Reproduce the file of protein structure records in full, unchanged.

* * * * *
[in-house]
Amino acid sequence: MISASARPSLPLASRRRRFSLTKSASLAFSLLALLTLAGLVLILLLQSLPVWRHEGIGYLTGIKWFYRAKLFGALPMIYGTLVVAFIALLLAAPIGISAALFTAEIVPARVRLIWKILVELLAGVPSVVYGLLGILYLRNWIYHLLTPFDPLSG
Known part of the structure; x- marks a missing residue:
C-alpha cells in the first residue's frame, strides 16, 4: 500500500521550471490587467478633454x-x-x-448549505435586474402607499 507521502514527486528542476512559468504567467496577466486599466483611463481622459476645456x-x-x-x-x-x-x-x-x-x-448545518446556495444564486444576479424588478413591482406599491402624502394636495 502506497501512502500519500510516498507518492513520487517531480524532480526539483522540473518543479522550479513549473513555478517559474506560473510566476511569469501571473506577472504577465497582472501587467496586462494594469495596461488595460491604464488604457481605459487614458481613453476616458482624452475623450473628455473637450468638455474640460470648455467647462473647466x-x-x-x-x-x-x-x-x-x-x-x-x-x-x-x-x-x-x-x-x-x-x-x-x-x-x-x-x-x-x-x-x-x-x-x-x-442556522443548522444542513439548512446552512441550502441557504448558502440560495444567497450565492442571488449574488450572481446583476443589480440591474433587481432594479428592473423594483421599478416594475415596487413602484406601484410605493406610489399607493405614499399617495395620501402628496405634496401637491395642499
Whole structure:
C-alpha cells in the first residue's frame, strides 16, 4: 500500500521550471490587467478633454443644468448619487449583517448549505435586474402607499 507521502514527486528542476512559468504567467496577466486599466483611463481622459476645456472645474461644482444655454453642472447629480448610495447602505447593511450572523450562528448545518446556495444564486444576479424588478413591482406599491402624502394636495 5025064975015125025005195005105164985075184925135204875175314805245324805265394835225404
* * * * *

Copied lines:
[in-house]
Amino acid sequence: MISASARPSLPLASRRRRFSLTKSASLAFSLLALLTLAGLVLILLLQSLPVWRHEGIGYLTGIKWFYRAKLFGALPMIYGTLVVAFIALLLAAPIGISAALFTAEIVPARVRLIWKILVELLAGVPSVVYGLLGILYLRNWIYHLLTPFDPLSG
Known part of the structure; x- marks a missing residue:
C-alpha cells in the first residue's frame, strides 16, 4: 500500500521550471490587467478633454x-x-x-448549505435586474402607499 507521502514527486528542476512559468504567467496577466486599466483611463481622459476645456x-x-x-x-x-x-x-x-x-x-448545518446556495444564486444576479424588478413591482406599491402624502394636495 502506497501512502500519500510516498507518492513520487517531480524532480526539483522540473518543479522550479513549473513555478517559474506560473510566476511569469501571473506577472504577465497582472501587467496586462494594469495596461488595460491604464488604457481605459487614458481613453476616458482624452475623450473628455473637450468638455474640460470648455467647462473647466x-x-x-x-x-x-x-x-x-x-x-x-x-x-x-x-x-x-x-x-x-x-x-x-x-x-x-x-x-x-x-x-x-x-x-x-x-442556522443548522444542513439548512446552512441550502441557504448558502440560495444567497450565492442571488449574488450572481446583476443589480440591474433587481432594479428592473423594483421599478416594475415596487413602484406601484410605493406610489399607493405614499399617495395620501402628496405634496401637491395642499
Whole structure:
C-alpha cells in the first residue's frame, strides 16, 4: 500500500521550471490587467478633454443644468448619487449583517448549505435586474402607499 507521502514527486528542476512559468504567467496577466486599466483611463481622459476645456472645474461644482444655454453642472447629480448610495447602505447593511450572523450562528448545518446556495444564486444576479424588478413591482406599491402624502394636495 5025064975015125025005195005105164985075184925135204875175314805245324805265394835225404